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ISSN : 2288-4637(Print)
ISSN : 2288-4645(Online)
The Journal of Asian Finance, Economics and Business Vol.7 No.2 pp.249-260
DOI : https://doi.org/10.13106/jafeb.2020.vol7.no2.249

The Mediating Role of Distribution Kahn’s Engagement: An Empirical Evidence of Salesforce in Indonesia

Muhammad AKOB*,Rezki ARIANTY**,Aditya Halim Perdana Kusuma PUTRA***
*First Author. Associate Professor, Postgraduate Management Program, STIEM Bongaya, Indonesia. Email: akob.kadir@gmail.com
**Assistant Professor, Department of Management, STIEM Bongaya, Indonesia.

© Copyright: The Author(s)
This is an Open Access article distributed under the terms of the Creative Commons Attribution Non-Commercial License (https://creativecommons.org/licenses/by-nc/4.0/) which permits unrestricted non-commercial use, distribution, and reproduction in any medium, provided the original work is properly cited.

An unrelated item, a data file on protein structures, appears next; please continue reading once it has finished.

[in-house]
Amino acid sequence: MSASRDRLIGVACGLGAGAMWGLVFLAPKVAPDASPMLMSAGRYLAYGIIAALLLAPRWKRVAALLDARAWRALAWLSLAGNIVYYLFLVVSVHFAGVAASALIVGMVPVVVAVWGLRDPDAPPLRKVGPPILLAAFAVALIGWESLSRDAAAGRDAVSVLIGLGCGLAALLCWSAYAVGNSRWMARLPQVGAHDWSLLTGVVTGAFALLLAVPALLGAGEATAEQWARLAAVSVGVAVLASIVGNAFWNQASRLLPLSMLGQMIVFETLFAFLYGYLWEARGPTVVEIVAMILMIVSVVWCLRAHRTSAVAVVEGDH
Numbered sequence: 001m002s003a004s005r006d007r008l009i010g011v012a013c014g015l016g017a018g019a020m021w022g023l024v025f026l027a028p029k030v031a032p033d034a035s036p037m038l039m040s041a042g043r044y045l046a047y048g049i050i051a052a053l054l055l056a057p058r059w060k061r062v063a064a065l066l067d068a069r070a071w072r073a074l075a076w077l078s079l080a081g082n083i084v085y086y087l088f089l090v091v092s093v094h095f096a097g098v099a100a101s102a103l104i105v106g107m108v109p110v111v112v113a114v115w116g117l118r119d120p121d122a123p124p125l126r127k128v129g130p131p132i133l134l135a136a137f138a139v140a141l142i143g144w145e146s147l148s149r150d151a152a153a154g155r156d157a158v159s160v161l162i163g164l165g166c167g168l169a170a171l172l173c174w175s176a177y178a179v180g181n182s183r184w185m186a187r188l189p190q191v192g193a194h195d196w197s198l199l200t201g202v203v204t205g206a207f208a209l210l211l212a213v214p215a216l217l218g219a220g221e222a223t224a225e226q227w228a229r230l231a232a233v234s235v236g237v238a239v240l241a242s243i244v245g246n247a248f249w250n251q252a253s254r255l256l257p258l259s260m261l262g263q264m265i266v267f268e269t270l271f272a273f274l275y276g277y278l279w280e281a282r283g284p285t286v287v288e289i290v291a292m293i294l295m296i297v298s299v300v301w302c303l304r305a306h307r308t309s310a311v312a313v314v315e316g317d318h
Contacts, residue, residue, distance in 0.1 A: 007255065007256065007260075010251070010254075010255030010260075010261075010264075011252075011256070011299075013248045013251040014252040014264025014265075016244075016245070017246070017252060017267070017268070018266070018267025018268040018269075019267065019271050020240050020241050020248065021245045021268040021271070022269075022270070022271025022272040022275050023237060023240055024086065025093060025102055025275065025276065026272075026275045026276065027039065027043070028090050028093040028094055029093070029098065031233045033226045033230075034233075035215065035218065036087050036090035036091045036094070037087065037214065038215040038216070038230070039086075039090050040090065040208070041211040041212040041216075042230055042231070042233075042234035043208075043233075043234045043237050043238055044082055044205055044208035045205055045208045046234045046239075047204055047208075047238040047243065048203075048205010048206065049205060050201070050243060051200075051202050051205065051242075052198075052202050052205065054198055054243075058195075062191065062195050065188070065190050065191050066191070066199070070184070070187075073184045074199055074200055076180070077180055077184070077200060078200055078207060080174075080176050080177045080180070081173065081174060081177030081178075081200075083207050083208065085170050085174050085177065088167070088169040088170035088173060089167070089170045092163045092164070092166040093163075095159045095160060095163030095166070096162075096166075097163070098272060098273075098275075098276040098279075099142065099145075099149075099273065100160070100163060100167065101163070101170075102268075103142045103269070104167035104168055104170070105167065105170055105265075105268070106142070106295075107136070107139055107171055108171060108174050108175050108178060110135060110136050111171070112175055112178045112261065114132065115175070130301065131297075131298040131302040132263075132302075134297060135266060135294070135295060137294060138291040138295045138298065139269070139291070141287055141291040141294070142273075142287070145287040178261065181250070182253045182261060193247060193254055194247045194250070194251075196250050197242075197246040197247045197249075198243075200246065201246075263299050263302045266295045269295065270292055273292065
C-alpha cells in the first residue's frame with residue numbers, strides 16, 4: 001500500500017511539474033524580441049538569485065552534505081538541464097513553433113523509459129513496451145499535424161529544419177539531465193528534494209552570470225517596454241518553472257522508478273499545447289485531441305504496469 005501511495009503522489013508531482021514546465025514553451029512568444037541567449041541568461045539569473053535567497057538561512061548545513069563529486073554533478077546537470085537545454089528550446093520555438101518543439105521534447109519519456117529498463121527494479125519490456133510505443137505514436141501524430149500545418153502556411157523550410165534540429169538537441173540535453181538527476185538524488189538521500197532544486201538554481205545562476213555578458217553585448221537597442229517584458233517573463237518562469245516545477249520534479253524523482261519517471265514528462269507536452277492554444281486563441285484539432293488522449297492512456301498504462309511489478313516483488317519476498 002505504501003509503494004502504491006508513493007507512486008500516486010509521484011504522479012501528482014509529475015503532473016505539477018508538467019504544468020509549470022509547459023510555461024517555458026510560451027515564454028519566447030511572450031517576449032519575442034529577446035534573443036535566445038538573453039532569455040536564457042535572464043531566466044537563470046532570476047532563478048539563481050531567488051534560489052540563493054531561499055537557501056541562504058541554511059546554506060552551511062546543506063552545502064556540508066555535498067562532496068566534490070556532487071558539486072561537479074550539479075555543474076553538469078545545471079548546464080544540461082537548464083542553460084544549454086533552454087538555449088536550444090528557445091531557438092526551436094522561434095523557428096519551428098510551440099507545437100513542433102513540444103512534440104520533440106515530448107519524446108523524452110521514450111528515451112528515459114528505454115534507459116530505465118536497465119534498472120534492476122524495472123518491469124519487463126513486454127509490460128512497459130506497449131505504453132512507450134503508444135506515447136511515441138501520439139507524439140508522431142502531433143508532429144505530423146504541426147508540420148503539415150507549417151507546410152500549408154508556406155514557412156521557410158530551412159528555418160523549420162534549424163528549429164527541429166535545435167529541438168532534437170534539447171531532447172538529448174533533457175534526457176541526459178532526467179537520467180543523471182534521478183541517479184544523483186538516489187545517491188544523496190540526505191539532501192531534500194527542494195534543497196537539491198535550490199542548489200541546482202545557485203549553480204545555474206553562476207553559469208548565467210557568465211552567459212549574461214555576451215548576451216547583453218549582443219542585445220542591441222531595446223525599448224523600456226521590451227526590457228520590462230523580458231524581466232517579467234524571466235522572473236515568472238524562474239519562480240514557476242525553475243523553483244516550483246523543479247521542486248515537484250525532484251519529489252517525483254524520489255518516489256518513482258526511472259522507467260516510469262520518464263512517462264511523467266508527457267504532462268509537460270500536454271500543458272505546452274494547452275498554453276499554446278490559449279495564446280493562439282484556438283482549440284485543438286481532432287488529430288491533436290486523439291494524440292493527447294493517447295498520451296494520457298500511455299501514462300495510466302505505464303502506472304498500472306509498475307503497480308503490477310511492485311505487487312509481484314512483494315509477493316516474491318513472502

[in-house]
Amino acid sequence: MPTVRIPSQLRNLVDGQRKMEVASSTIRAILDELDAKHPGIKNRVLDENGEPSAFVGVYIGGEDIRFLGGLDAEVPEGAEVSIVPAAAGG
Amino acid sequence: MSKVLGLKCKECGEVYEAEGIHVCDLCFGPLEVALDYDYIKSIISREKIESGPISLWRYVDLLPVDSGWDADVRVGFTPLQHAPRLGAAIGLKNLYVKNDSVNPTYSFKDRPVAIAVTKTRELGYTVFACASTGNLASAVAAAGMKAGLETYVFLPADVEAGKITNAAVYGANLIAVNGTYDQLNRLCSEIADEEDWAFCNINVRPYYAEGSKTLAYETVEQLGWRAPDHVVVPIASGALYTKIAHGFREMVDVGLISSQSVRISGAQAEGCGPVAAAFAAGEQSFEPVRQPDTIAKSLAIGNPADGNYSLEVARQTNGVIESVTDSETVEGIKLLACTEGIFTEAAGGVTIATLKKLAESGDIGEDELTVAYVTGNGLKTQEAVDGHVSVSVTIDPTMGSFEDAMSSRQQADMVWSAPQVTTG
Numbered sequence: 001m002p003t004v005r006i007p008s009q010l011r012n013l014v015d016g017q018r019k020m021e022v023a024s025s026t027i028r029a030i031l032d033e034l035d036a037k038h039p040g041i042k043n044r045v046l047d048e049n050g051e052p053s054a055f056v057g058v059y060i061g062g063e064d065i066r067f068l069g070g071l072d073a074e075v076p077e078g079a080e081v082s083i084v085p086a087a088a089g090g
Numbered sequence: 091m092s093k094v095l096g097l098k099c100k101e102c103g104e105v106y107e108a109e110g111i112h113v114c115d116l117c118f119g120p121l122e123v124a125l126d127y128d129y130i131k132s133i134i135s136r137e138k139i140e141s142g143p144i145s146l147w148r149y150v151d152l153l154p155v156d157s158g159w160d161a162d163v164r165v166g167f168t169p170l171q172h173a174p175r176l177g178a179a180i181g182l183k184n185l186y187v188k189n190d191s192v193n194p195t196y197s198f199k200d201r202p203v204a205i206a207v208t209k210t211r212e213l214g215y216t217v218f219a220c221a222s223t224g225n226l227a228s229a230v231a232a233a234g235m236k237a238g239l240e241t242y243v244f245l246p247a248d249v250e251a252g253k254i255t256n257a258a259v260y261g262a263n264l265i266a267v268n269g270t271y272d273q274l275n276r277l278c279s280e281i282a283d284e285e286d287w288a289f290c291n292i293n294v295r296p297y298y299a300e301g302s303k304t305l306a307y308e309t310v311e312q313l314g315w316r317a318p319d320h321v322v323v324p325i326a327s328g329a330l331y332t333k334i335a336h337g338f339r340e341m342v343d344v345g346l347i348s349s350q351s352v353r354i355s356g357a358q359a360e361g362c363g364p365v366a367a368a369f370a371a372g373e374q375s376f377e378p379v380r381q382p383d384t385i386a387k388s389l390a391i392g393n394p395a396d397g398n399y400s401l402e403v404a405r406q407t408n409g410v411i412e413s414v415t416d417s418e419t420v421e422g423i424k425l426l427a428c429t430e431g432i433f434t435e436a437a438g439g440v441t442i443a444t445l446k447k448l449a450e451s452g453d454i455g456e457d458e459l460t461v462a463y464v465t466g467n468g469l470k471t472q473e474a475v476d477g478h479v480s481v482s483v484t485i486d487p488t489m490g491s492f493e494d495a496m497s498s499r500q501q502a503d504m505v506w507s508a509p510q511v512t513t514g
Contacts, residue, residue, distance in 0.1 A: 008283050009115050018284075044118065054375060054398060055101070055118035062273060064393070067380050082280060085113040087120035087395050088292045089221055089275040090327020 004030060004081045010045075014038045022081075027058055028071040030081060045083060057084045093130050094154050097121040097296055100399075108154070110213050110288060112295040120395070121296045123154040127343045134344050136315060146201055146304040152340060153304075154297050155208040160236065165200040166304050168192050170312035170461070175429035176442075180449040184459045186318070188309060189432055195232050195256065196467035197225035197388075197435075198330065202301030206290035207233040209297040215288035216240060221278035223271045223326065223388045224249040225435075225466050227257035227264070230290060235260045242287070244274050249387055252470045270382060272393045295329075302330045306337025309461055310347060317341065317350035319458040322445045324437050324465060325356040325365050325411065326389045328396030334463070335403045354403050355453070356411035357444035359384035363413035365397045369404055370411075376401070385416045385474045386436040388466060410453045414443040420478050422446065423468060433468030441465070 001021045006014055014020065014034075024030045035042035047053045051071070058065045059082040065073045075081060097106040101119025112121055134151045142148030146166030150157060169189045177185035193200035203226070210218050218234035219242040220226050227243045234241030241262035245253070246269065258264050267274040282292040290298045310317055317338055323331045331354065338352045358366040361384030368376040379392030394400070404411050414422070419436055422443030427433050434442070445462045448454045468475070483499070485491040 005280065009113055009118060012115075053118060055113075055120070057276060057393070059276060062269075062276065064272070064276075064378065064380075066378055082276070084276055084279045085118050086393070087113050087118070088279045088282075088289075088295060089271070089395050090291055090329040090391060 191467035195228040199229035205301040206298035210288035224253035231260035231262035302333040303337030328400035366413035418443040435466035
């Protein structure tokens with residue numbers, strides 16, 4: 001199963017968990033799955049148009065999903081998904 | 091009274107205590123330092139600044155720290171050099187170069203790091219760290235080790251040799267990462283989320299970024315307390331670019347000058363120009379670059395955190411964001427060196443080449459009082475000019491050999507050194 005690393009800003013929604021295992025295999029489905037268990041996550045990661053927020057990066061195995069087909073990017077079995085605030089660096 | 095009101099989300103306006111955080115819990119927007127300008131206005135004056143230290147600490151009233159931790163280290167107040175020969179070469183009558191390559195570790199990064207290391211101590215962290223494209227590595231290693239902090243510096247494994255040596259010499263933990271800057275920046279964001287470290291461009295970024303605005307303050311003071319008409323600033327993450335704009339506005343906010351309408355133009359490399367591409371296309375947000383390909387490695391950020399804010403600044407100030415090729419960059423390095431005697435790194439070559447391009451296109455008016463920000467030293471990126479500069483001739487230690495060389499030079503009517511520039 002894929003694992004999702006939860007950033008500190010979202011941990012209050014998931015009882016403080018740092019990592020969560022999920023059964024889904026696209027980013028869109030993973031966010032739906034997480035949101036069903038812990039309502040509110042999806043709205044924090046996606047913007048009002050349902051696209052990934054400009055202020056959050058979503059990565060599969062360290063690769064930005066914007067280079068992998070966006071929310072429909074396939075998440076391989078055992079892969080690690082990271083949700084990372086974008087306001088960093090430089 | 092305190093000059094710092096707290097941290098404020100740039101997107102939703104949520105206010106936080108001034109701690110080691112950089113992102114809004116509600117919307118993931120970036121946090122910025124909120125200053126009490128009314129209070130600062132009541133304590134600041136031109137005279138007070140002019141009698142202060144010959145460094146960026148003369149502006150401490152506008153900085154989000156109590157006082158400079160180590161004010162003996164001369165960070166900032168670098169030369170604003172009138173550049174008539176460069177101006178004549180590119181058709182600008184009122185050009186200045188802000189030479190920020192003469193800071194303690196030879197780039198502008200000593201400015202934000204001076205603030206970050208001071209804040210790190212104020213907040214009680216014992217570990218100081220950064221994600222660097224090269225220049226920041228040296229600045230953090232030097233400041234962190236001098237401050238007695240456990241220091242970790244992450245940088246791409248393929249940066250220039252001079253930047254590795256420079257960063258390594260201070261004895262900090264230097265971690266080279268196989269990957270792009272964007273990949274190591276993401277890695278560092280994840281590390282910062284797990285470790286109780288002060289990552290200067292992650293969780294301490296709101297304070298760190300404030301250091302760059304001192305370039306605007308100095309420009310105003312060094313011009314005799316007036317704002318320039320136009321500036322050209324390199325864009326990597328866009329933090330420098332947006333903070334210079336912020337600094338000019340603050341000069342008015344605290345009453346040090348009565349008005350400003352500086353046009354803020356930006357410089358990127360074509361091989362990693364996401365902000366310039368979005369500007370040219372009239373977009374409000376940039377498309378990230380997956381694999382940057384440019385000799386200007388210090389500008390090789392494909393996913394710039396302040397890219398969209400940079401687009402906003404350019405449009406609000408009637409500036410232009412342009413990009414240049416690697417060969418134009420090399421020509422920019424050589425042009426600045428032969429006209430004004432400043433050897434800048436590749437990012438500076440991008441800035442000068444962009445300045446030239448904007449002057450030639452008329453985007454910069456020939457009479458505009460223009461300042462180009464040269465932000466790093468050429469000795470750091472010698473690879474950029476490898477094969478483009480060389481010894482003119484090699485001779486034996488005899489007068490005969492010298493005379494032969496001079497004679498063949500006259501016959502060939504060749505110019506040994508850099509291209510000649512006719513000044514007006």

***Corresponding Author. Assistant Professor, Department of Management, Faculty of Economics and Business, Universitas Muslim Indonesia, Indonesia [Postal Address: Jalan Tamalate 1 Tidung 4 Number 143, Makassar City, South Sulawesi, 90222, Indonesia] Tel. +62-822-9222-2243, Email: adityatrojhan@gmail.com
November 2, 2019 December 11, 2019 December 18, 2019

Abstract